Promoting Climate Smart Agriculture in Dodoma with WFP
News24 September 2020
Sorghum production: Climate Smart Agriculture programme beneficiary, Hilda Madege & her daughter at work in Kongwa district, Dodoma region.
“Two years ago, WFP came and started working with us. We learned how to better prepare and maintain our farms and how to manage our harvests to reduce losses. They also brought a new type of sorghum seed that works better with less rain. This last season, we did not get much rain again, but still I was surprised. My harvest did okay.” Hilda Madeje, Climate Smart Agriculture programme beneficiary.
In 2017, the World Bank declared Tanzania a water stressed country. Trends show an increase in temperatures, changes in precipitation levels, and more frequent extreme weather events having a large effect on of communities living in rural areas. Studies suggest that inadequate water management, increased agricultural demand, rapid population growth, and climate change impacts will worsen the situation.
In Tanzania, agriculture provides more than two-thirds of employment and almost half of Tanzania's GDP. As the sector is characterized as female-intensive, the situation of water-stress disproportionately increases the labour burden on women and adolescent girls, who largely depend on agriculture as their main source of livelihood. This has knock on impacts on health and nutrition due to obligations to source and carry water for domestic use, as well as lower yields in food crops and a reduction in firewood availability.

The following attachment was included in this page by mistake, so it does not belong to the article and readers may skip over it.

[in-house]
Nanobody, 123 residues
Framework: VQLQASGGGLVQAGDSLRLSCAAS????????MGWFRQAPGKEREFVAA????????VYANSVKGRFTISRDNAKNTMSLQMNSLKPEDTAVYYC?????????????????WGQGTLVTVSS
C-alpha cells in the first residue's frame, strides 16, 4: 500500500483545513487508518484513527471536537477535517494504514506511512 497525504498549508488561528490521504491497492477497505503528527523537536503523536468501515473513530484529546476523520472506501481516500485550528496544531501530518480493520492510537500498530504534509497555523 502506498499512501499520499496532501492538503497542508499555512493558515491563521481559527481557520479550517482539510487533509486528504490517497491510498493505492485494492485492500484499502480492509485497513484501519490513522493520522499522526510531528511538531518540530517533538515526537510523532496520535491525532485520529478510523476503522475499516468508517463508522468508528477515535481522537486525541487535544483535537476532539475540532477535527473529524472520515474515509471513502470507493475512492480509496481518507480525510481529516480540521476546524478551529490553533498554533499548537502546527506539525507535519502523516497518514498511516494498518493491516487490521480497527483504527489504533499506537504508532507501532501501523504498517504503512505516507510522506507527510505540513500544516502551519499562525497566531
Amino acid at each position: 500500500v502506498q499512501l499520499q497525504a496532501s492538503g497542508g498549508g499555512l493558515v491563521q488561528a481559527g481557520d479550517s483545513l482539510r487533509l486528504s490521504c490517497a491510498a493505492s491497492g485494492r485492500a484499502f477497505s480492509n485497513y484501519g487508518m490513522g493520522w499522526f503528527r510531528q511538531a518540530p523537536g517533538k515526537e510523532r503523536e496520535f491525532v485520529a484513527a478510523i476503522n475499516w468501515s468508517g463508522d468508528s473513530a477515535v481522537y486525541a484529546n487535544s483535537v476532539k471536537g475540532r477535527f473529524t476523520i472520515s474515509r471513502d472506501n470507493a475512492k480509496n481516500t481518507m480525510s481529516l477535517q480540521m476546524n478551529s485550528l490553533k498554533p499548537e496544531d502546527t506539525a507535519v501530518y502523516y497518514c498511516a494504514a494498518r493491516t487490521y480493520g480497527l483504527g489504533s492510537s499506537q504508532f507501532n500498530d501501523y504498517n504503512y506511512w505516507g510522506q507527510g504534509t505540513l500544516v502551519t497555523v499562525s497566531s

Located in the centre of Tanzania, Dodoma is one of the most affected regions, with a long dry season and very little rain fall throughout the year.
Ireland’s strategic partnership with the United Nations World Food Programme (WFP) supports two comprehensive programmes aimed at improving the lives of refugees and smallholder farmers including young women and girls. These projects are the Sorghum Climate Smart Agriculture in Dodoma region, and providing life-saving food assistance to Burundian and Congolese refugees in the three refugee camps of North-Western Tanzania. Ireland has provided WFP with €3,200,000 since 2017.
This year, Ireland will provide €1.2 million, to support WFP in scaling-up the Sorghum Climate Smart Agriculture programme whilst diversifying into other high value crop chains and general food distribution to refugees. Programming incorporates appropriate COVID-19 preventive measures, to ensure safety and security of programme beneficiaries and stakeholders.
A key part of our support to the Programme has been alignment to the Dodoma Local Government Authority, who consider sorghum as a priority crop able to respond to the semi-arid nature of Dodoma region. The introduction of climate smart agriculture is seen as an opportunity to enhance the resilience of smallholder farmers, especially among women and young people, as vital to protecting the country’s food security, jobs, and economic growth.
To date, the programme has reached 12,000 smallholder farmers and plans to extend to 6,000 more in this new phase, of whom nearly half are women. In the second year of the programme 24,000 acres of sorghum were planted with improved sorghum seed varieties, which can better stand drought. There was also a remarkable increase in demand for improved seeds in the season as the smallholder farmers began to prefer this variety, even being ready to pay out of pocket for it. In addition 187 demonstration plots were set up to promote good agricultural practices.